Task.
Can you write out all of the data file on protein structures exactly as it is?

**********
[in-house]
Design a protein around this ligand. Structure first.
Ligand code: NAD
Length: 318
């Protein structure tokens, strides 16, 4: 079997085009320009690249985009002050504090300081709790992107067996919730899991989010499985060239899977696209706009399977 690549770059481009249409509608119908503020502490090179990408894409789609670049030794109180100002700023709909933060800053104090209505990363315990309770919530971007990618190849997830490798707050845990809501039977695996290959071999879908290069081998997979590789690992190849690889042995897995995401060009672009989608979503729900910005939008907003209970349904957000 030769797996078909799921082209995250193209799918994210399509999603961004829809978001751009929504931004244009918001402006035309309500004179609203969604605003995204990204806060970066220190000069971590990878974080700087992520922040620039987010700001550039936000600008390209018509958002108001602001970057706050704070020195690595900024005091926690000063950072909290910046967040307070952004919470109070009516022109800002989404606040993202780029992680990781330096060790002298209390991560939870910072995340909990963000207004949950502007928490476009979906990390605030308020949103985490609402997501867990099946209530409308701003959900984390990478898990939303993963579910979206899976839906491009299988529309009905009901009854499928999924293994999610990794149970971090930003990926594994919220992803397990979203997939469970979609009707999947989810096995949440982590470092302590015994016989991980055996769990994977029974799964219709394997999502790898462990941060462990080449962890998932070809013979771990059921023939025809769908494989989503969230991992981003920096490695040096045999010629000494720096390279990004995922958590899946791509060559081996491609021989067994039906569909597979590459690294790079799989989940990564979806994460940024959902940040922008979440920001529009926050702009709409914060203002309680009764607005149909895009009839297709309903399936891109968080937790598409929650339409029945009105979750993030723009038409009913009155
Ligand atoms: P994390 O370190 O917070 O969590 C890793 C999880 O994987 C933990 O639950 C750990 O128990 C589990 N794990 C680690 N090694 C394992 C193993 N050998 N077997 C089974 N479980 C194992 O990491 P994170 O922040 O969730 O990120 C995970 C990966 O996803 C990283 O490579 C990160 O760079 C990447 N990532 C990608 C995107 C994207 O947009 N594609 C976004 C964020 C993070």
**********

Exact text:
[in-house]
Design a protein around this ligand. Structure first.
Ligand code: NAD
Length: 318
């Protein structure tokens, strides 16, 4: 079997085009320009690249985009002050504090300081709790992107067996919730899991989010499985060239899977696209706009399977 690549770059481009249409509608119908503020502490090179990408894409789609670049030794109180100002700023709909933060800053104090209505990363315990309770919530971007990618190849997830490798707050845990809501039977695996290959071999879908290069081998997979590789690992190849690889042995897995995401060009672009989608979503729900910005939008907003209970349904957000 030769797996078909799921082209995250193209799918994210399509999603961004829809978001751009929504931004244009918001402006035309309500004179609203969604605003995204990204806060970066220190000069971590990878974080700087992520922040620039987010700001550039936000600008390209018509958002108001602001970057706050704070020195690595900024005091926690000063950072909290910046967040307070952004919470109070009516022109800002989404606040993202780029992680990781330096060790002298209390991560939870910072995340909990963000207004949950502007928490476009979906990390605030308020949103985490609402997501867990099946209530409308701003959900984390990478898990939303993963579910979206899976839906491009299988529309009905009901009854499928999924293994999610990794149970971090930003990926594994919220992803397990979203997939469970979609009707999947989810096995949440982590470092302590015994016989991980055996769990994977029974799964219709394997999502790898462990941060462990080449962890998932070809013979771990059921023939025809769908494989989503969230991992981003920096490695040096045999010629000494720096390279990004995922958590899946791509060559081996491609021989067994039906569909597979590459690294790079799989989940990564979806994460940024959902940040922008979440920001529009926050702009709409914060203002309680009764607005149909895009009839297709309903399936891109968080937790598409929650339409029945009105979750993030723009038409009913009155
Ligand atoms: P994390 O370190 O917070 O969590 C890793 C999880 O994987 C933990 O639950 C750990 O128990 C589990 N794990 C680690 N090694 C394992 C193993 N050998 N077997 C089974 N479980 C194992 O990491 P994170 O922040 O969730 O990120 C995970 C990966 O996803 C990283 O490579 C990160 O760079 C990447 N990532 C990608 C995107 C994207 O947009 N594609 C976004 C964020 C993070």